John Jay Park Pavilion
John Jay Park at East 77th Street
Jaroslav A. Kraus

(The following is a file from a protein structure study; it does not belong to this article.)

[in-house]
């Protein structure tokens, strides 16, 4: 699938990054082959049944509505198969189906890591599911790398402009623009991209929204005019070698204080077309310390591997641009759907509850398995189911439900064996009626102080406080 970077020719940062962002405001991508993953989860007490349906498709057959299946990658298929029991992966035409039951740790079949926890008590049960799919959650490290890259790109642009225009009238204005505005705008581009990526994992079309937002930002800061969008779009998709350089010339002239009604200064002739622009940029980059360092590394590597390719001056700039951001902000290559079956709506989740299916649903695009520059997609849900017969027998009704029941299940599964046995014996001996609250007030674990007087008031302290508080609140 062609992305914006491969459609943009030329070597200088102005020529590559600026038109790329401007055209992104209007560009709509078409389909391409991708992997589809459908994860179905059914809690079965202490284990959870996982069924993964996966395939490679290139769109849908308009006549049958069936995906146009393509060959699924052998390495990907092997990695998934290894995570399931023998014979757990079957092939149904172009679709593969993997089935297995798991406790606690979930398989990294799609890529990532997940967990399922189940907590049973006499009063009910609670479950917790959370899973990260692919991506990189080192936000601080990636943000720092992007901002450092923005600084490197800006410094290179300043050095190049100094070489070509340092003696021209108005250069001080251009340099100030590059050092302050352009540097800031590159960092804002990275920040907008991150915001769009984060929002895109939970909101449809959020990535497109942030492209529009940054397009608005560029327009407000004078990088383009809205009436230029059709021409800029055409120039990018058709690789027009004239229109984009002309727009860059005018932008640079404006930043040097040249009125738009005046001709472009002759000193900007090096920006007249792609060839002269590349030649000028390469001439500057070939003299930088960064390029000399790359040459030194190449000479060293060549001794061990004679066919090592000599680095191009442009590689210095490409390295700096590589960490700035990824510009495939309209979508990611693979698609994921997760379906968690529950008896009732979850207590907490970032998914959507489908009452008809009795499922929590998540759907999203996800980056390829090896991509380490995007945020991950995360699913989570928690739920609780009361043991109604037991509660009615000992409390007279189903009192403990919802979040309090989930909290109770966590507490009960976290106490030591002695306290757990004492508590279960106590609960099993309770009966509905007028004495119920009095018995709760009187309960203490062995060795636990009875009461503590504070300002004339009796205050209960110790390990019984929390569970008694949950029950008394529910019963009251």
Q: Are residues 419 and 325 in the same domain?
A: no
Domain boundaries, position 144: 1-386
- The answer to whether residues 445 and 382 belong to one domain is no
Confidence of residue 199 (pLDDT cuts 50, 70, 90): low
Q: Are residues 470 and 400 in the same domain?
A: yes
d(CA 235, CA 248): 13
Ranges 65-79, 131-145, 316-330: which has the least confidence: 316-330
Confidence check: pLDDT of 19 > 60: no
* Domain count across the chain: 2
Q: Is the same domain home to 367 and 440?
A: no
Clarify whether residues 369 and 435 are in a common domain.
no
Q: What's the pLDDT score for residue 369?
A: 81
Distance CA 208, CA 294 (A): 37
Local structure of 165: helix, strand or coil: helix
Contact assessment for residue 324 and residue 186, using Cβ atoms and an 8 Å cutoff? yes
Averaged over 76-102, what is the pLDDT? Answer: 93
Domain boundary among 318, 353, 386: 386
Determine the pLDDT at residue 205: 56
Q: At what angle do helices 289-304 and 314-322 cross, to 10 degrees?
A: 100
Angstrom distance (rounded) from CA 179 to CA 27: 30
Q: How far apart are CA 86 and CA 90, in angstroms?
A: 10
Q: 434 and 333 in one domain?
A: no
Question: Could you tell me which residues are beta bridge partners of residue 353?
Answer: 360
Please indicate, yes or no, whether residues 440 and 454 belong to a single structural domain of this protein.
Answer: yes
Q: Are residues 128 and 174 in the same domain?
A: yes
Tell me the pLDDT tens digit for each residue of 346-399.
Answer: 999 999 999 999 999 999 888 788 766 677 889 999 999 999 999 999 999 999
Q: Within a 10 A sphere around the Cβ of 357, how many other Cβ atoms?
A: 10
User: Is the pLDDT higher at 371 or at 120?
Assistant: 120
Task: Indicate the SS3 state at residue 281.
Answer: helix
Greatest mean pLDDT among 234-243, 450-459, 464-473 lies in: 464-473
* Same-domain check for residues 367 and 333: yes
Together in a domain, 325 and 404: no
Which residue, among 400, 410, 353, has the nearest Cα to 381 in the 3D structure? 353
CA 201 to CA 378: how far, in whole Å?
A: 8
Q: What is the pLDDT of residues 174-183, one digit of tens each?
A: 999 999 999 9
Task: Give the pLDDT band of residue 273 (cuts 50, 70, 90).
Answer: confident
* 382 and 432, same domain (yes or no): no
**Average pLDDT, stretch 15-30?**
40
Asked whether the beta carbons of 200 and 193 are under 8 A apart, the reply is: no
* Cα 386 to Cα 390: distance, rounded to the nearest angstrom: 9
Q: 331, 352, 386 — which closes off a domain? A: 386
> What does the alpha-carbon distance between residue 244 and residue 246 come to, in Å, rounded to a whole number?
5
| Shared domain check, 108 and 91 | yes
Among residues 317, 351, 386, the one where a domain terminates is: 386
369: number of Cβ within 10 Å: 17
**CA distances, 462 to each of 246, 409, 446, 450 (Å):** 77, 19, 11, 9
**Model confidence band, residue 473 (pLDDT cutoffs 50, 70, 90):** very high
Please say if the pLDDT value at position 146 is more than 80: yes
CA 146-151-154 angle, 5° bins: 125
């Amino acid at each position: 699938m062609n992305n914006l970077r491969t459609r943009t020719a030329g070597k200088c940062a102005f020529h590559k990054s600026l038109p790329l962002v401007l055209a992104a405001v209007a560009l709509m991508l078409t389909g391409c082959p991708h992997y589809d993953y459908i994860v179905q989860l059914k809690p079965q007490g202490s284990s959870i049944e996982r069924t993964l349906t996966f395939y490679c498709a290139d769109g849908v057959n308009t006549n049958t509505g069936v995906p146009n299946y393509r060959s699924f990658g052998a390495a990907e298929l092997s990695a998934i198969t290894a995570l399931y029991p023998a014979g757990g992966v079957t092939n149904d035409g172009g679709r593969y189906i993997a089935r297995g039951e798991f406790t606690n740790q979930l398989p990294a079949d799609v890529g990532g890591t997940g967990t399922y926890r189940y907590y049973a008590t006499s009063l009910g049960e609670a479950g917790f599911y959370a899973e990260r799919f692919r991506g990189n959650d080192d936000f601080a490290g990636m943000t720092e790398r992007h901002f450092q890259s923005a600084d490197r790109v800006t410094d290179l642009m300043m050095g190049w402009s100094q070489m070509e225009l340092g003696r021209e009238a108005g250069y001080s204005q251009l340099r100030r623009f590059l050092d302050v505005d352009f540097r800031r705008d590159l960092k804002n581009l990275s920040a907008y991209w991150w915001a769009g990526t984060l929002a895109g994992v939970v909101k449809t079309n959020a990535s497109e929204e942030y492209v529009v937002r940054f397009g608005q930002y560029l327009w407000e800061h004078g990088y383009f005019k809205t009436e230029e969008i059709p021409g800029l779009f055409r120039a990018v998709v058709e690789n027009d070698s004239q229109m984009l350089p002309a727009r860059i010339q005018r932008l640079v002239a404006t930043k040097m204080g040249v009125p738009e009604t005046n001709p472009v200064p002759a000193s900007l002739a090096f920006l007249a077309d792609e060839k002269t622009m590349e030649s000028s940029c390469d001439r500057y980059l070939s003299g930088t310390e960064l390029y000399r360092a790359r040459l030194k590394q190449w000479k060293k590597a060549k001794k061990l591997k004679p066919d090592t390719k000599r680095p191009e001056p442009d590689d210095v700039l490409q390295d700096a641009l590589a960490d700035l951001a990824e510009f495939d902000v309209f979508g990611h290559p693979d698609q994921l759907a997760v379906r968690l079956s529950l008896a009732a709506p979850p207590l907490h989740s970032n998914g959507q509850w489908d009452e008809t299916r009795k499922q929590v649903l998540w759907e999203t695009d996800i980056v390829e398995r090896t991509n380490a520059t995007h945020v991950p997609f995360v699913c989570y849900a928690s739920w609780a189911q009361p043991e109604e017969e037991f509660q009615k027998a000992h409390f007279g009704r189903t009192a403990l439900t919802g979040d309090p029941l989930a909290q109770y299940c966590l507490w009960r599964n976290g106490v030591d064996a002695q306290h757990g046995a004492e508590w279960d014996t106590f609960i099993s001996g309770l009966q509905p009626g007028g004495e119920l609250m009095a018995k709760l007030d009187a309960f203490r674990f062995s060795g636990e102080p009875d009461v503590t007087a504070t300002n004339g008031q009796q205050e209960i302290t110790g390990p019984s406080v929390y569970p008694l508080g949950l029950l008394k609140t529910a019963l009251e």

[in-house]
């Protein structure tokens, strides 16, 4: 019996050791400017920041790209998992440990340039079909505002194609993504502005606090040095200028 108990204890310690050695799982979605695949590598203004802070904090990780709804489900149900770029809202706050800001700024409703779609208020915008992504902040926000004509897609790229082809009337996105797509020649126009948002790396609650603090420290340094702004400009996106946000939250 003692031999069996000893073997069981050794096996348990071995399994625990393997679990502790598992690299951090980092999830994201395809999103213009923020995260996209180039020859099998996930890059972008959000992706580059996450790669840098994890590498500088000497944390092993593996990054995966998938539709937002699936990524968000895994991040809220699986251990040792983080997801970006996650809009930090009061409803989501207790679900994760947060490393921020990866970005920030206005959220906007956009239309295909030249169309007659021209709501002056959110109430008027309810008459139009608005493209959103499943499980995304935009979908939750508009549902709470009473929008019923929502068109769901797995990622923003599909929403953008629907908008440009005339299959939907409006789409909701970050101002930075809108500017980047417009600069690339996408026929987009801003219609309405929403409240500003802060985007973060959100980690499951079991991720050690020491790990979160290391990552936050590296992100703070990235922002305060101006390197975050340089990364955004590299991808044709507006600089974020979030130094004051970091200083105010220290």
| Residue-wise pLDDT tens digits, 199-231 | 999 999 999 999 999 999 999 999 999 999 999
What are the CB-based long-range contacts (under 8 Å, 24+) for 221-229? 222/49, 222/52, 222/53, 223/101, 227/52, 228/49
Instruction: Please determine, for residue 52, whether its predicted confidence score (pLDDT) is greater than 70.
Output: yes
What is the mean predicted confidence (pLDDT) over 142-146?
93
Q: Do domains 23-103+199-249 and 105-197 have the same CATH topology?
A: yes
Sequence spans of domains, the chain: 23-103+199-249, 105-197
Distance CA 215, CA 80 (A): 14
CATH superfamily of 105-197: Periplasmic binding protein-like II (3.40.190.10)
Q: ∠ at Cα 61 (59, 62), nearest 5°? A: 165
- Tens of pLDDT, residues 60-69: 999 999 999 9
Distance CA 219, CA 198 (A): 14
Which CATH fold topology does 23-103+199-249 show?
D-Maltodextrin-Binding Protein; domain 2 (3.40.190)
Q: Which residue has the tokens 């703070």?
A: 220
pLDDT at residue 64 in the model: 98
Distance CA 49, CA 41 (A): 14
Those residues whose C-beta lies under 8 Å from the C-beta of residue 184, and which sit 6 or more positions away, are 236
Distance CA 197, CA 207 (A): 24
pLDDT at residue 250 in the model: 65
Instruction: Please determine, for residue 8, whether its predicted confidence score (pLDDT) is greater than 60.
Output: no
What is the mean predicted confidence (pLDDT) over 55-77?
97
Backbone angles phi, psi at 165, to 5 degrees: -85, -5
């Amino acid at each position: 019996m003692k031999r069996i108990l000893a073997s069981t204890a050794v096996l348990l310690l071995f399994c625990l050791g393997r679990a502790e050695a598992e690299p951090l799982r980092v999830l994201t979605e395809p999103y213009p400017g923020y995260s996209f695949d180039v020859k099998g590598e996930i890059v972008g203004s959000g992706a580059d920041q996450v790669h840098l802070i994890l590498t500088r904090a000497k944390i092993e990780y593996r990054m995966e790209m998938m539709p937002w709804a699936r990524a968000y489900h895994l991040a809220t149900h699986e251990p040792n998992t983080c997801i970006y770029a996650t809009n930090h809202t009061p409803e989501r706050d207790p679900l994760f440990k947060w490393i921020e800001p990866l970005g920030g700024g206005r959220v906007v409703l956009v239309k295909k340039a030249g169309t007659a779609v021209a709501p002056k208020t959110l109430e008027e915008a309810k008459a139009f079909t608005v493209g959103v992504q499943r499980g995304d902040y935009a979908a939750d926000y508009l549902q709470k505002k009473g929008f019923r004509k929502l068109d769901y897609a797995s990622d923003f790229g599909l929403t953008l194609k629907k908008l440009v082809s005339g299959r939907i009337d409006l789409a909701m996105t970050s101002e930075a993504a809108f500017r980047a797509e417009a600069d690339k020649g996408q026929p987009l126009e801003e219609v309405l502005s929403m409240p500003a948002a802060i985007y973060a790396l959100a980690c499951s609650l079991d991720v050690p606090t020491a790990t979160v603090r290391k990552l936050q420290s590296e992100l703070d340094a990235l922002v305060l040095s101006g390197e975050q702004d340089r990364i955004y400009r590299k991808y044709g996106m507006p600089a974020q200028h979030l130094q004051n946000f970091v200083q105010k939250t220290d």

John Jay Park is bounded by FDR Drive to the east, East 76th Street to the south, Cherokee Place to the west, and East 78th Street to the north. This park was planned as early as 1891, but the parcel of land wasn’t acquired by the city until 1902. The first public bath house was erected in the park in 1906, to be replaced by the red brick and limestone park pavilion seen today at the park’s northeastern corner. Built in 1913-14, the pavilion was designed in the Tudor Revival style, which was gaining popularity at the time. The swimming pool in front of the pavilion was added in the early 1940s under the tenure of Parks Commissioner Robert Moses, an avid swimmer and champion of public pools, and designed by Aymar Embury II, the Parks Department architect responsible for the numerous pool complexes constructed across the city in the late 1930s and early 1940s under the Works Progress Administration. At the same time as the pool went in, the pavilion underwent renovations to provide park goers with an auditorium, recreation room, gym and changing facility for nearly 2,000 bathers.